Elliott, Kevin, Rasmus and I then set out to buy our bikes, trying to get them from both mechanics and from backpackers on Facebook. We went through a couple of test drives on different bikes, which was terrifying since it was through essentially rush hour traffic and I had only had about ten minutes of experience under my belt, and tried haggling down the cost of the bikes for what seemed like half a day. After a while of that we decided on buying off of this one mechanic and were able to grab the four of our bikes for $1,150 in total. Success after a long day never felt so great, but we weren’t done yet. We still had to park our bikes somehwere overnight. The mechanic ended up leading us to a parking lot a two minute drive away. At the very start I stalled in the middle of traffic trying to make a left turn and couldn’t kick my gear shift back into neutral because my instincts had kicked in but my instincts hadn’t had time to learn how to react in that situation yet so I was sitting pretty fucked in the center of the street. Thankfully I fixed the problem and made it to the lot in one piece. After parking my bike I struggled to get off because the lot was jam packed with hundreds of other bikes. Because of this I ended up quickly leaning against the exhaust and singing my leg slightly. There’ll probably be a ton of burns in the same spot by the end of my trip. This incident sparked an idea in my head though. I hadn’t quite learned how to tame this beast of a motorbike yet, I’ve stalled and overall felt nervous the entire time riding, understandably. Then I’m the first of my group to get a burn on the leg, commonly referred to as a “Saigon Kiss.” Who else had a hard time taming a fire breathing beast? Ash Ketchum. My motorbike is named Charizard.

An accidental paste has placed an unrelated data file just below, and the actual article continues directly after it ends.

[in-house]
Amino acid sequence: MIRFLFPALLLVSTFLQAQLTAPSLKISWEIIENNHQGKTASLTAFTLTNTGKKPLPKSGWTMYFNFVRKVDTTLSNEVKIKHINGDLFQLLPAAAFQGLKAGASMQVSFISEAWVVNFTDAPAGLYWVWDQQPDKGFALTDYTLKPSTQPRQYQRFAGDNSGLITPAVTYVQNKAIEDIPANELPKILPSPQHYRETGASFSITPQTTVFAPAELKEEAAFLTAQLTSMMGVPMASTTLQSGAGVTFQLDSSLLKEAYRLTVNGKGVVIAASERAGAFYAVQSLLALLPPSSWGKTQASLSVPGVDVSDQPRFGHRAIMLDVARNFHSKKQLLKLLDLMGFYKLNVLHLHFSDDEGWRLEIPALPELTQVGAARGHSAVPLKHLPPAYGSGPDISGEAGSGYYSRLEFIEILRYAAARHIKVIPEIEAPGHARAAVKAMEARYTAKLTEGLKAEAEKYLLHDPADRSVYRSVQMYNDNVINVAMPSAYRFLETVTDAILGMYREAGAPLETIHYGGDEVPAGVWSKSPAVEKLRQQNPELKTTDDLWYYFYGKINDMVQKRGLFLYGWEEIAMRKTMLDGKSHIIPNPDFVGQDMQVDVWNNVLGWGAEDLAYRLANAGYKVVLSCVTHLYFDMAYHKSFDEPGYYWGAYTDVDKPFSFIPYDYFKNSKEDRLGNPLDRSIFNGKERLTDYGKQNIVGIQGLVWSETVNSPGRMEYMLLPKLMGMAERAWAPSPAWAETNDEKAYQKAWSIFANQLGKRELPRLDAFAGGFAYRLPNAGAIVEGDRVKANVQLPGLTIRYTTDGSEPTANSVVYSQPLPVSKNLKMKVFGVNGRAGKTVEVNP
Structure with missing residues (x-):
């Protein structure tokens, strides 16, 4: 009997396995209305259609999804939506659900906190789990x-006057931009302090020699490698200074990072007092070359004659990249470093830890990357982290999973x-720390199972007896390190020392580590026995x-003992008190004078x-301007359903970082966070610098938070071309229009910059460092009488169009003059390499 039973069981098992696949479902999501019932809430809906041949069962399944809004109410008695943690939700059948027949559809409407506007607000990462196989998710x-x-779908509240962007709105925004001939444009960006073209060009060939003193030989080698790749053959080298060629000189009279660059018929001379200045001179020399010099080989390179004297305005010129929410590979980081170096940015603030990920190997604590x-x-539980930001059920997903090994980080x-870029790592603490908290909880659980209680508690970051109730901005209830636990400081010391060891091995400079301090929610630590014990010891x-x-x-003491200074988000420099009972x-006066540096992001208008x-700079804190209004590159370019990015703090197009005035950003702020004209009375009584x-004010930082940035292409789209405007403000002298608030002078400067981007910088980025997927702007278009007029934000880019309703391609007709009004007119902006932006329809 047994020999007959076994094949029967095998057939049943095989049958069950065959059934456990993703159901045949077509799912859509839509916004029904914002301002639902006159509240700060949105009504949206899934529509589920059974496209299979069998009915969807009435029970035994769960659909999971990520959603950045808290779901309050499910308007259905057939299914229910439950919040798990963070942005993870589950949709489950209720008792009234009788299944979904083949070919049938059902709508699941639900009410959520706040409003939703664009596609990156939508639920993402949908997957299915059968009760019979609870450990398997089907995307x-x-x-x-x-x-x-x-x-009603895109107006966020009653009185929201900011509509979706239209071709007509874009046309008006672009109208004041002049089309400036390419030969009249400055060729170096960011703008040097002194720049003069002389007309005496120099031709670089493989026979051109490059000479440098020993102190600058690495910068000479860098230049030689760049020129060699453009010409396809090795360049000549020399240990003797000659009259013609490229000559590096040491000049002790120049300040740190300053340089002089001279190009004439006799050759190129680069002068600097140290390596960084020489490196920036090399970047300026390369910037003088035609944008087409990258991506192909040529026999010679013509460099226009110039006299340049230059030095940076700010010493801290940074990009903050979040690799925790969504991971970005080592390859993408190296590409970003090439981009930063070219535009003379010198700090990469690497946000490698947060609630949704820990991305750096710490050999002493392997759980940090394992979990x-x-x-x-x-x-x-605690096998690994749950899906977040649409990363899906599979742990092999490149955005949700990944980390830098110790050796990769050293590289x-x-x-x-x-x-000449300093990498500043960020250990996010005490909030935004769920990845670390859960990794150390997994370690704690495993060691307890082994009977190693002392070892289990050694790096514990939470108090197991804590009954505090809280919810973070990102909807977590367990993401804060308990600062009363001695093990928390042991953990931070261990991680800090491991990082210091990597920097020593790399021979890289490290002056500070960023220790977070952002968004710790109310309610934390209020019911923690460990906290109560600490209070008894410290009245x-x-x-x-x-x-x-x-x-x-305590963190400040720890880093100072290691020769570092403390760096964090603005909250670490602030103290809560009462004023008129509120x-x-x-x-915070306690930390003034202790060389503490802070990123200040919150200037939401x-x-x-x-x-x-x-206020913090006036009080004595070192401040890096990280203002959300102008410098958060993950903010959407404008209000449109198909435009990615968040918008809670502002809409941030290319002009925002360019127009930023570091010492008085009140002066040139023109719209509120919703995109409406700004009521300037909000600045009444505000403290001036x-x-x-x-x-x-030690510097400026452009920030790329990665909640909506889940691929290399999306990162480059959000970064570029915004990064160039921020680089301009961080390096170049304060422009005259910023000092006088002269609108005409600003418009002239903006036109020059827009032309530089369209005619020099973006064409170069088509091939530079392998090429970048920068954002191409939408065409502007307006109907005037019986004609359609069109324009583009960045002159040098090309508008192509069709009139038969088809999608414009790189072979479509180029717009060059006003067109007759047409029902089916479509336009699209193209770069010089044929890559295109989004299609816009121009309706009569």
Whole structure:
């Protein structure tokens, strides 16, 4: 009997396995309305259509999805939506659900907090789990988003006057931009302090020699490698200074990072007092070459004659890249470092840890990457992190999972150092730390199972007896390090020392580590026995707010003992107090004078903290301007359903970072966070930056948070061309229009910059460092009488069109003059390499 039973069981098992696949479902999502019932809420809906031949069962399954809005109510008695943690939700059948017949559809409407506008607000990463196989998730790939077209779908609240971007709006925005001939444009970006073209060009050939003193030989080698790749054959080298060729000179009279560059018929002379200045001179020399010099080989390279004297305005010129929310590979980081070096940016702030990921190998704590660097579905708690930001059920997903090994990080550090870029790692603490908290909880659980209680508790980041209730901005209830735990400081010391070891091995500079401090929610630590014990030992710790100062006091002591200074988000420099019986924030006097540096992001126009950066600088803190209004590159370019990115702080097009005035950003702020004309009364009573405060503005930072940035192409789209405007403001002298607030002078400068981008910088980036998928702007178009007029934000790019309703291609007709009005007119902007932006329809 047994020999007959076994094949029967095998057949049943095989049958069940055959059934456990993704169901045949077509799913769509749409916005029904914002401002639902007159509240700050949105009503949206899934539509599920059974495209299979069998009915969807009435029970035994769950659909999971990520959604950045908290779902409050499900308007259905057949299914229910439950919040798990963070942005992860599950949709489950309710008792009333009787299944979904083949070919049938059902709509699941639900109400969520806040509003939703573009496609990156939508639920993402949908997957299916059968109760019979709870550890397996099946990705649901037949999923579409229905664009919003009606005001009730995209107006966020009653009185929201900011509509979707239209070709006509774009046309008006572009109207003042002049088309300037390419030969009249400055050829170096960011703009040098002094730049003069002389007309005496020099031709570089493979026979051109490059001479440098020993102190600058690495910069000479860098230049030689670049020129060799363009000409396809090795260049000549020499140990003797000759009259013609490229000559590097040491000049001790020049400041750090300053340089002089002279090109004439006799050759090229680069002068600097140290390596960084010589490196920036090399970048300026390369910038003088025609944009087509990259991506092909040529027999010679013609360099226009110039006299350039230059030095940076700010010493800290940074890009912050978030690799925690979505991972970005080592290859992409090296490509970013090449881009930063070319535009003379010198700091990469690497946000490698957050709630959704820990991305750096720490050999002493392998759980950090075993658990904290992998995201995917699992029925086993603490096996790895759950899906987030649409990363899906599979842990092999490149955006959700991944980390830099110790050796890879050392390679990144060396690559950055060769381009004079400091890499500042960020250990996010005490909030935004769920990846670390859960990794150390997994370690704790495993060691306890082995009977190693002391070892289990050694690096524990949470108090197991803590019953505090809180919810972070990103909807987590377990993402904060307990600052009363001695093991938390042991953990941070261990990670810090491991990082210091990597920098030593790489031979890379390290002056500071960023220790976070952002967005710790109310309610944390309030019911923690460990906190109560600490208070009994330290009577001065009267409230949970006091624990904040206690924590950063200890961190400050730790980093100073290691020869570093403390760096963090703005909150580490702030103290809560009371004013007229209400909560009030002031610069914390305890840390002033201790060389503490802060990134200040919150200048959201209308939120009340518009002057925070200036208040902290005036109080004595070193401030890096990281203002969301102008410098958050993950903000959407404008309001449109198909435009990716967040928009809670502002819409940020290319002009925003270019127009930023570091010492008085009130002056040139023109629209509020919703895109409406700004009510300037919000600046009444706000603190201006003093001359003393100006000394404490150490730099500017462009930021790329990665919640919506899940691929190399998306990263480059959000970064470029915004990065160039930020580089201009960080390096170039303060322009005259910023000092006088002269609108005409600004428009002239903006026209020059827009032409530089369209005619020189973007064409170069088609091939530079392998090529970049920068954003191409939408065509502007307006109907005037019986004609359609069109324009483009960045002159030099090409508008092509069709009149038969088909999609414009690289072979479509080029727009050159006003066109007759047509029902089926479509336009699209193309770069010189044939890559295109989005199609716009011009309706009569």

From Saigon the four of us drove to Vung Tau. Our original goal was to reach Mui Ne but time wouldn’t have permitted it and we did not want to ride in the dark. The ride itself was smooth and there were no mishaps along the way. Mui Ne itself is a pretty shitty party/beach town. The beach is disgusting and has a running sewage drain not 100 feet from the shoreline. Overall, Mui Ne is total shit don’t ever go there unless you want to just party and not remember. Fuck Mui Ne. The gang and I decided to leave at five in the morning to ride out towards Da Lat, our next destination, with the sunrise coming up. It was a super good idea and the first hour of our ride was heaps enjoyable. However, the ride overall was a fiasco in the best way possible.